SnagIt 3.3.5 has a Style Gallery feature that saves the customizations that you make to borders, arrows, and so on for easy reuse.
If you use SnagIt, note that the following .snagstyles files are included in the Images directory of this guide.
arrows.snagstyles adds arrows in three edX base colors.
color_fill.snagstyles adds three edX base colors.
outline_shapes.snagstyles adds three outline shapes in each of the three
edX base colors.
numbered_callouts.snagstyles adds numbered callouts in three edX base
To add these edX SnagIt styles to your SnagIt application, drag each .snagstyles file onto the SnagIt icon in the toolbar of your computer.
Add a border with the following characteristics to every image.
(In SnagIt: Effects > Border; In Photoshop: Cmd + a, Edit > Stroke)
Color: edX Grayscale Dark, rgb(79, 89, 93) #4F595D
In SnagIt, the first time you make these selections for a border, a new tile appears in the Style Gallery with these characteristics. Save that new style (select its + icon) so that you can reuse it in the future.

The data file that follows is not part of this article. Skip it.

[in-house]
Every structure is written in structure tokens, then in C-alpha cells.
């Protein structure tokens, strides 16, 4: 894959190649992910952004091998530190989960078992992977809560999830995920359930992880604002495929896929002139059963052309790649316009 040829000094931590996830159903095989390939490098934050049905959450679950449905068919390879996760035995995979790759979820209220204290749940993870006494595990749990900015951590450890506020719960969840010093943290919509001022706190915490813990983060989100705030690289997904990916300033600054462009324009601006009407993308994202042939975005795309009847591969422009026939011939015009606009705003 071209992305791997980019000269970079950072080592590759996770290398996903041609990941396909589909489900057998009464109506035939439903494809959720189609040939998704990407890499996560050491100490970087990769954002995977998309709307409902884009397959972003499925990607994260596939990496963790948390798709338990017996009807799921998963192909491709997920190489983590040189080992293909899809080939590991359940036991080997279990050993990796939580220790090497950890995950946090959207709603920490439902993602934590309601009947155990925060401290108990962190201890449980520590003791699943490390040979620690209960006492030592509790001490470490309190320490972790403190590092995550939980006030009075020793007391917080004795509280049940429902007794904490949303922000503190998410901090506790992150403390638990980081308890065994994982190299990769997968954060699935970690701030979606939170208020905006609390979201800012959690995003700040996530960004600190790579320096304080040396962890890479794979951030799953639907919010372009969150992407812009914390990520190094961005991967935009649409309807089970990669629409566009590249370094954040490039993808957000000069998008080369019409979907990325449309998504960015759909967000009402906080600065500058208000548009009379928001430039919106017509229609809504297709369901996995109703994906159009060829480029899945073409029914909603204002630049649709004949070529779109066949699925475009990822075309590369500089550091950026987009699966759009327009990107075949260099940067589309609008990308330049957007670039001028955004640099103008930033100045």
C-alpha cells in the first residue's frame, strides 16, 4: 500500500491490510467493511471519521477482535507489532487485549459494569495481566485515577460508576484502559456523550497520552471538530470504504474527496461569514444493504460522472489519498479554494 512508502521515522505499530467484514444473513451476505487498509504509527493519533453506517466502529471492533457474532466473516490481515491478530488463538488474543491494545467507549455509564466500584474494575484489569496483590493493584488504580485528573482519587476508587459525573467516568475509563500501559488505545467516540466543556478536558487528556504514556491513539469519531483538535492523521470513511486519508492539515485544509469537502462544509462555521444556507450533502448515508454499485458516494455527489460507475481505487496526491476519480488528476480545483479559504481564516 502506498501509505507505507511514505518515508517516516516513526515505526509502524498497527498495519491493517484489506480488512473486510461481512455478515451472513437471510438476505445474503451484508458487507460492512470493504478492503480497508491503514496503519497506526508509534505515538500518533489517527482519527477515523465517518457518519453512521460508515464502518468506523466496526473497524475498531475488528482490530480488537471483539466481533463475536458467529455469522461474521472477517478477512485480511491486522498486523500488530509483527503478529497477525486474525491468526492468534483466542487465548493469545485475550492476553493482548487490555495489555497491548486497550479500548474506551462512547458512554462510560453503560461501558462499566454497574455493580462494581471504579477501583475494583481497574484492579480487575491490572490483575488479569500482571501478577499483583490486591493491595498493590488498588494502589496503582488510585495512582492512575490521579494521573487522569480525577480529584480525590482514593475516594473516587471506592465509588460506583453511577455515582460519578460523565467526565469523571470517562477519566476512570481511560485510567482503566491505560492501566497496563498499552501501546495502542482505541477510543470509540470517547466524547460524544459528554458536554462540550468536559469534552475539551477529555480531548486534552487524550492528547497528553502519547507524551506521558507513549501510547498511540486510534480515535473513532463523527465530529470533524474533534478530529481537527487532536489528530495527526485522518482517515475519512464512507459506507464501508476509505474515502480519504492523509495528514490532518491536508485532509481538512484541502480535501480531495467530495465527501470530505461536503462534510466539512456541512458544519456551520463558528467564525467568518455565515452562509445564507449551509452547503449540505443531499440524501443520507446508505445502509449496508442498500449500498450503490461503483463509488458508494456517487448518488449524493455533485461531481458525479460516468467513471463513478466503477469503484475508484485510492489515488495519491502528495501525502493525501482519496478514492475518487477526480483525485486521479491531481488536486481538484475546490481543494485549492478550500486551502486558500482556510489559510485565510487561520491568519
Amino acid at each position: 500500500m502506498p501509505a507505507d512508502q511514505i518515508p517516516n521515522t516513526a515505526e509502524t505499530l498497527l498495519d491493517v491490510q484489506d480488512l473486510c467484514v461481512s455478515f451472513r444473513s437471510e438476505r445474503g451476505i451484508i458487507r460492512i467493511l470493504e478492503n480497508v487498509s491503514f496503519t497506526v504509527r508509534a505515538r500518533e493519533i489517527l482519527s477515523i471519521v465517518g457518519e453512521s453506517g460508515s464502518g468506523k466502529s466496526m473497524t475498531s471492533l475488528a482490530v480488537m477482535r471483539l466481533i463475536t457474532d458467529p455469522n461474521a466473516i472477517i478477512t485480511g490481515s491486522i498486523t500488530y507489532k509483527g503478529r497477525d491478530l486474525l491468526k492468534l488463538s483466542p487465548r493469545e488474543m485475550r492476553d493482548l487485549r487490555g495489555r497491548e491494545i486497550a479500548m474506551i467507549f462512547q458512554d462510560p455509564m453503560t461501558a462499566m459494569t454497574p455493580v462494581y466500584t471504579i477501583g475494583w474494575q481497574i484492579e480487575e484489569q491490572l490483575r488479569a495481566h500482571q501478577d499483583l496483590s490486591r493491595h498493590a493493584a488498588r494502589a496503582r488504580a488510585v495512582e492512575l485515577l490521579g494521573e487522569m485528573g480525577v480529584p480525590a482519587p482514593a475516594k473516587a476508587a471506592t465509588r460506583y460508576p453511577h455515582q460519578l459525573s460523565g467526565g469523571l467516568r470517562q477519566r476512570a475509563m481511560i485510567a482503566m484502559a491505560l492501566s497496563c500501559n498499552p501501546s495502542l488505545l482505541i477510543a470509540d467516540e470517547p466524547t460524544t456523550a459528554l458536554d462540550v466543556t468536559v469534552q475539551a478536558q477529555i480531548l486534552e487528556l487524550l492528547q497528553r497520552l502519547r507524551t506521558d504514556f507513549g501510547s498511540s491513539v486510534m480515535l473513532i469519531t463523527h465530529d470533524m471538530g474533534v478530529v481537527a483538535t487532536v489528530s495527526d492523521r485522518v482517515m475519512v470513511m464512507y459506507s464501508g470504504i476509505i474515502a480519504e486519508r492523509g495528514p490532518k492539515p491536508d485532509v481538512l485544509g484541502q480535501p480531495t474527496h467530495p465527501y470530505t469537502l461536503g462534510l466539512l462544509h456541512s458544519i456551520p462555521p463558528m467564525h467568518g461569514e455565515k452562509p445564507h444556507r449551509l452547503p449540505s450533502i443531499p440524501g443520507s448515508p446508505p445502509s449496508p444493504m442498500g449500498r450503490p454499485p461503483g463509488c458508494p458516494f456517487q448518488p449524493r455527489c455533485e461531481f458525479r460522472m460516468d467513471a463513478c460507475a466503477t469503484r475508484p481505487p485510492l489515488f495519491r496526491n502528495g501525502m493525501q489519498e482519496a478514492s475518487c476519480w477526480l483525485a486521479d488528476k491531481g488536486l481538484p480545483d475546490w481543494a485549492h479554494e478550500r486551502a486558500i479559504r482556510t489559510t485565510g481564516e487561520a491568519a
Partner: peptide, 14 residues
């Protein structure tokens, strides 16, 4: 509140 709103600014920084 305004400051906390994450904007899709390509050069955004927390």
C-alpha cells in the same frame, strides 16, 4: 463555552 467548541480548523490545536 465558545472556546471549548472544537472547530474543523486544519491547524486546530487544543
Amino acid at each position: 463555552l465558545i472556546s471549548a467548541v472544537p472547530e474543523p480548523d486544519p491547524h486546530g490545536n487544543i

Save the file, without resizing, in .png format. You set the size in the document: see Image Sizes.
When you use SnagIt to add arrows, boxes, or other indicators, they are added as vector-based images. You can save these additions in a special SnagIt format so that you can edit them later: choose Save As > .snagproj format.
When all of your edits are complete and you are ready to publish, choose Save As > png. This will flatten the image.
When you annotate screen shots, use the colors in the edX pattern library.
For most additions, use edX Brand Secondary base, a dark pink (rgb(203, 89, 141), #CB598D).
If another color is required, use edX Brand Primary base, a medium blue (rgb(0, 121, 188), #0079BC).
If you want to annotate screen shots, instead of adding text to the image, use numbered identifiers and provide a legend in the .rst file with the descriptions.
For graphics that must include text, such as flowcharts, use a tool such as Adobe Photoshop that allows you to add individually editable layers. When you are ready to add the text, create a layer in the image specifically for the text, and only text. Be sure to leave 30% extra surrounding space for expansion.